All interviews were taped and documented.They are available through the Reference
Department of the Teaneck Public Library. The Library is not responsible for the accuracy
of the statements nor does it necessarily endorse the opinions expressed.
William Linday, Sr., Former Fire Chief
(Interview taped in 1976)
I'm the retired Teaneck Fire Chief. I served Teaneck over 40 years. With me are my son William Lindsay, Jr., his wife Margie, my wife Margaret and his 4 sons, three have been to college and one is in high school.
I moved to Teaneck in 1929 from Leonia. I attended Longfellow School. Mr. Jay was Principal of all the schools. My teacher was Mrs. Martin. I lived in Glenwood Park. There were all farms--the Rockleighs, Letters, Robertsons and Lewises. There were few houses in the No.5 section.
Glenwood Park fire department was started in 1911. The first meeting was in the blacksmith shop of John Kennedy. Our first fire house was 30 by 30 feet on the southeast corner of Oakdene Ave and Glenwood. We built it ourselves. In 1922 we got a new fire house at Glenwood and Railroad Avenue. The town furnished a hose line and small hand truck that pumped 100 gallons of water. The first paid department was in 1935 when they got a 350 gallon pumper. William Kaltenbach was one of the first firemen.
I'll tell what kids used to do for pastime. One of the things they used to do was when the trolley pulled up and the conductor called "All Out. Fycke Woods!" One of the boys was posted and he'd get out and pull the pole off so the conductor would have to get out and put it back. The other boys had a bucket of soft tomatoes and they'd let him have it.
There was a big storage area where the railroad used to store things. After dark the boys would go out and steal the railroad ties -- some of them brand new and they'd have plenty of firewood for the winter. Reiner's was the only store near us. You either went to Hackensack or Cedar Lane. At Reiner's you could buy anything from a pack of cigarettes to a wheelbarrow.
Some of the capers were around Halloween time. They didn't like a store owner--maybe he refused to give them 2 cents worth of candy. The boys hung a bucket on his door filled with water and ashes. Then they'd put a tic tac on his door and when he opened it, he'd be covered with ashes and water. A mess. We had out houses and one electric street light on Glenwood Ave. Now there are plenty of lights and sewers and every one in congenial.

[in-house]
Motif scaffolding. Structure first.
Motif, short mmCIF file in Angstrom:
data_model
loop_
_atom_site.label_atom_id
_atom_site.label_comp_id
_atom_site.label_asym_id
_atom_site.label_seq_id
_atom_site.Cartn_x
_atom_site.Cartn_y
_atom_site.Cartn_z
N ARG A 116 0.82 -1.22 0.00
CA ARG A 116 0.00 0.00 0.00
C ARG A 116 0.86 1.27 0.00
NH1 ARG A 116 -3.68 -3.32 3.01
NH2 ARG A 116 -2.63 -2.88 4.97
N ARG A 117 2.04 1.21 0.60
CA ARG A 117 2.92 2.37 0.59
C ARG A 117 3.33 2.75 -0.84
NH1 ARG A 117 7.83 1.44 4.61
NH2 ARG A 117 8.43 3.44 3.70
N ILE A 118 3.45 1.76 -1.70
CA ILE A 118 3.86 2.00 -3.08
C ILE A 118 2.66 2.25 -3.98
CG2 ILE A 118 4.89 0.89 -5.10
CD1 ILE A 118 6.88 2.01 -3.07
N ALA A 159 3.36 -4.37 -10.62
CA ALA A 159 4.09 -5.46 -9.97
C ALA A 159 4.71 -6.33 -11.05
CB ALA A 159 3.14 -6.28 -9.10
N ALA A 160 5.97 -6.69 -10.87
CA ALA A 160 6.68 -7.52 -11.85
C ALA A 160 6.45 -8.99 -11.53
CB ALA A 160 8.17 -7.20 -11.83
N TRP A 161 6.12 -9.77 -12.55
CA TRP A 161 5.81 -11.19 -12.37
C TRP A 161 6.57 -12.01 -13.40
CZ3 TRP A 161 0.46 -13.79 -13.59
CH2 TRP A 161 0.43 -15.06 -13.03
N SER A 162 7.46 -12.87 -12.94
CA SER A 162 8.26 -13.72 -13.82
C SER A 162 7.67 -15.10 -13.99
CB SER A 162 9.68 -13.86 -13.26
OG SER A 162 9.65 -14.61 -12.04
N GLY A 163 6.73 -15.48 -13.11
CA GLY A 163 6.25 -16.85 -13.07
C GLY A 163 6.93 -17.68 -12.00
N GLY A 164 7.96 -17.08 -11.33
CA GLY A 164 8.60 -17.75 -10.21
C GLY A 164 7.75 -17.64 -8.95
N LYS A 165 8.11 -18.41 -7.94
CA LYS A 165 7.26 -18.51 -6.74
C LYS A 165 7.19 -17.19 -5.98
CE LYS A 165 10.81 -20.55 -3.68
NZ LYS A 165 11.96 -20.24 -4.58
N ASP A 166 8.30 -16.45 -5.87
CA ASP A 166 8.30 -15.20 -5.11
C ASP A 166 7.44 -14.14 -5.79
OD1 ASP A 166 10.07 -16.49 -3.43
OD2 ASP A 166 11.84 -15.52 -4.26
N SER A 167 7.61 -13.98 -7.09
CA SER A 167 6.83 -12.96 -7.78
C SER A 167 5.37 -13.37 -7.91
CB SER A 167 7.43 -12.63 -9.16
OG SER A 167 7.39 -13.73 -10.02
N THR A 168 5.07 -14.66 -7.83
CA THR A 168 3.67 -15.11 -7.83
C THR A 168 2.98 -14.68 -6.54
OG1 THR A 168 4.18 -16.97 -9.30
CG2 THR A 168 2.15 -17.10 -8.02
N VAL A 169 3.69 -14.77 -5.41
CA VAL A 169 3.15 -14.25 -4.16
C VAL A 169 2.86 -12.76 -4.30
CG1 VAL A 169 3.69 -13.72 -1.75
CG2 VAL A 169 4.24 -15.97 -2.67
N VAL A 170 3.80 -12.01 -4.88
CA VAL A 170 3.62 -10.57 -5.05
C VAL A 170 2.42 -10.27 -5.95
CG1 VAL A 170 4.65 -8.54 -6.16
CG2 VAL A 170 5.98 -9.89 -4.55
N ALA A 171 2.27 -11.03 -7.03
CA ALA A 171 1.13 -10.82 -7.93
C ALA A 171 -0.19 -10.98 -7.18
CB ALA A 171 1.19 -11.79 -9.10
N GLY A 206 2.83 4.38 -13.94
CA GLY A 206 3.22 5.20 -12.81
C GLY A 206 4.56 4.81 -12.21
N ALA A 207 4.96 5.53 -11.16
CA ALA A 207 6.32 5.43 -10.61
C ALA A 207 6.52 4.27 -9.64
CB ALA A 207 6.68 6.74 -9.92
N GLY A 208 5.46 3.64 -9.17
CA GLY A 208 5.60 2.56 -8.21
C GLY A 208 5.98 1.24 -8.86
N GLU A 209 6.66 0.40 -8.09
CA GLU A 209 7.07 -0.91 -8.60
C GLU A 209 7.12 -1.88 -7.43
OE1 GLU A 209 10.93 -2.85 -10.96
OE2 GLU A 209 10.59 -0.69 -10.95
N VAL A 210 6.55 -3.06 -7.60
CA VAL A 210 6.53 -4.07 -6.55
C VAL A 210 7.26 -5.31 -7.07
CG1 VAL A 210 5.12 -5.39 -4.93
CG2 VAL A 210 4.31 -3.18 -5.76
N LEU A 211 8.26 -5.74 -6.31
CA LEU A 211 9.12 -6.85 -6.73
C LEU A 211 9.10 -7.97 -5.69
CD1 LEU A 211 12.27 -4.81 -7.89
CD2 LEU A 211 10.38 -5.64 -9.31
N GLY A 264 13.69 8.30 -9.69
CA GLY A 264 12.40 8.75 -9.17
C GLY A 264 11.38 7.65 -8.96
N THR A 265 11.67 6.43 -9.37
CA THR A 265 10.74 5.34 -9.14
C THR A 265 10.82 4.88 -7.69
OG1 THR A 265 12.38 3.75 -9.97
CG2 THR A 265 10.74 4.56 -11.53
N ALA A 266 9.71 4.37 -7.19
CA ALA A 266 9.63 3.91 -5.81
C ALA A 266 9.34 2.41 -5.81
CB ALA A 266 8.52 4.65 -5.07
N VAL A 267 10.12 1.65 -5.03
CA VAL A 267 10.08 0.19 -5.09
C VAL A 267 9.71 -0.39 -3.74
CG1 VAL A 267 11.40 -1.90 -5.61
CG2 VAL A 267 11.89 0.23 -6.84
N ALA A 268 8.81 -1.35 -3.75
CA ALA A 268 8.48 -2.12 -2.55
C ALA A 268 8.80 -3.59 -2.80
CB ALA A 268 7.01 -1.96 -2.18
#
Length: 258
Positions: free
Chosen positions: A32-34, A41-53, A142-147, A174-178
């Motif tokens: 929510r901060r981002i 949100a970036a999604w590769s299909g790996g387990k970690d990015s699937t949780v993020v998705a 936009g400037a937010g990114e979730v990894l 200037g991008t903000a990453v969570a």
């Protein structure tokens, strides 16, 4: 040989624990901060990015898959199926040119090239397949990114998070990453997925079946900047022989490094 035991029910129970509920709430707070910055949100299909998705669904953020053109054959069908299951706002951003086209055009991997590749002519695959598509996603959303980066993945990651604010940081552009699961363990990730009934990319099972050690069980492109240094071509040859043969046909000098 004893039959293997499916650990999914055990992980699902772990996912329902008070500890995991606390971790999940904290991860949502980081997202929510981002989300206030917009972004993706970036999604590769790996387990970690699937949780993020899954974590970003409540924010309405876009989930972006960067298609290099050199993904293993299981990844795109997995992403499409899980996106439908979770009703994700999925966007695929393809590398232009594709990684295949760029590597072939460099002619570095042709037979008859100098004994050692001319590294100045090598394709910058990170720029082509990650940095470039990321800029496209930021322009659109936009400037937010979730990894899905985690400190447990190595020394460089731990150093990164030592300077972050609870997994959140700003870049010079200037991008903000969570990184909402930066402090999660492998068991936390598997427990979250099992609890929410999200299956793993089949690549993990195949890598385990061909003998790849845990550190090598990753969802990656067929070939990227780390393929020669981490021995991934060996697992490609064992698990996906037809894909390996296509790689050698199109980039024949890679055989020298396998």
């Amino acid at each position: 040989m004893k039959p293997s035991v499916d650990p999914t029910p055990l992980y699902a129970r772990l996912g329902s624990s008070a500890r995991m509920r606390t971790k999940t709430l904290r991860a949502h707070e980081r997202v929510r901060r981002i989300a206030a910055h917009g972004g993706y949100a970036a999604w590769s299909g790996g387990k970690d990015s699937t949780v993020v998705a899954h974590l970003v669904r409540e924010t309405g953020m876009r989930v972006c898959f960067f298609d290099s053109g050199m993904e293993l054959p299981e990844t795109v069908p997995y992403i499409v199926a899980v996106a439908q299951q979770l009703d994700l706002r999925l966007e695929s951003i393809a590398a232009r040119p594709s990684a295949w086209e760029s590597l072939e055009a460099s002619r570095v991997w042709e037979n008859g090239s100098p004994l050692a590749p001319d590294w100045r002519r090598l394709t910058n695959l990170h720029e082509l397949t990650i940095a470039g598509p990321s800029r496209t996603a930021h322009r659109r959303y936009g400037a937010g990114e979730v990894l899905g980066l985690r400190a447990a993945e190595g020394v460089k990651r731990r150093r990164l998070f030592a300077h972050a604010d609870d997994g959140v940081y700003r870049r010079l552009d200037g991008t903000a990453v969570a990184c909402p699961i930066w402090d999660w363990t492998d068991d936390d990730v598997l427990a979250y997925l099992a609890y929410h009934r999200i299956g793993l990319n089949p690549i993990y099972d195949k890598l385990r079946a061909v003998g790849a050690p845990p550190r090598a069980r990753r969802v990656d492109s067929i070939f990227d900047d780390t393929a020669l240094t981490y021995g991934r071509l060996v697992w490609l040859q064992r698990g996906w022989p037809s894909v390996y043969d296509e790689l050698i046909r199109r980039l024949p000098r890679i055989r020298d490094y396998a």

My father was very strict. When he went off to work every day he'd tell my brother and me what we had to do and we did it. I didn't have too much time for capers, but I participated in some.
We used to go to school on the trolley. Once there was a big bag of garlic in the back of the car, when we got to school the teacher asked how we got mixed up with it. She made two of the boys wash their hands in disinfectant. I told her we were learning hygiene and I didn't want to wash in someone else's dirty water. What happened? I got expelled and my father had to come to school.
As things progressed in Teaneck they got better in Glenwood Park -- lights, sewers, etc. I remember when they made a road connecting Fort Lee Road and Glenwood Park. It was built through a swamp using great big trees. They laid it like a floor on top.
There have been many changes in the construction of houses, now they're talking about redevelopment. Teaneck has changed since I came here. I remember the little old school on Fort Lee Road east of Teaneck Road, now a residence. Schools were completed. Oakdene was just completed when I came. Now I see they have some temporary buildings there. Now we have a school in Glenwood Park.
South Jersey where I live now puts me in mind of Teaneck in the old days. But it is growing, too. As for my record, I served as a volunteer in Glenwood Park, as Captain, lieutenant and assistant chief. I worked as an electrician for the municipal fire department and installed 18 fire alarm contact relays. We now have a modern fire alarm system. When I took over as chief it was different than the way it is today. Many ordinances for fire safety have been adopted. They protect people who don't own their homes. Boilers in apartments housing four families must be inspected once a year. This was started after a fire in Fair Lawn. Now fire men keep busy making inspections and seeing about the rate of occupancy.
The fire department has grown from 10 paid to over 112 and the police department has grown with the progress of Teaneck.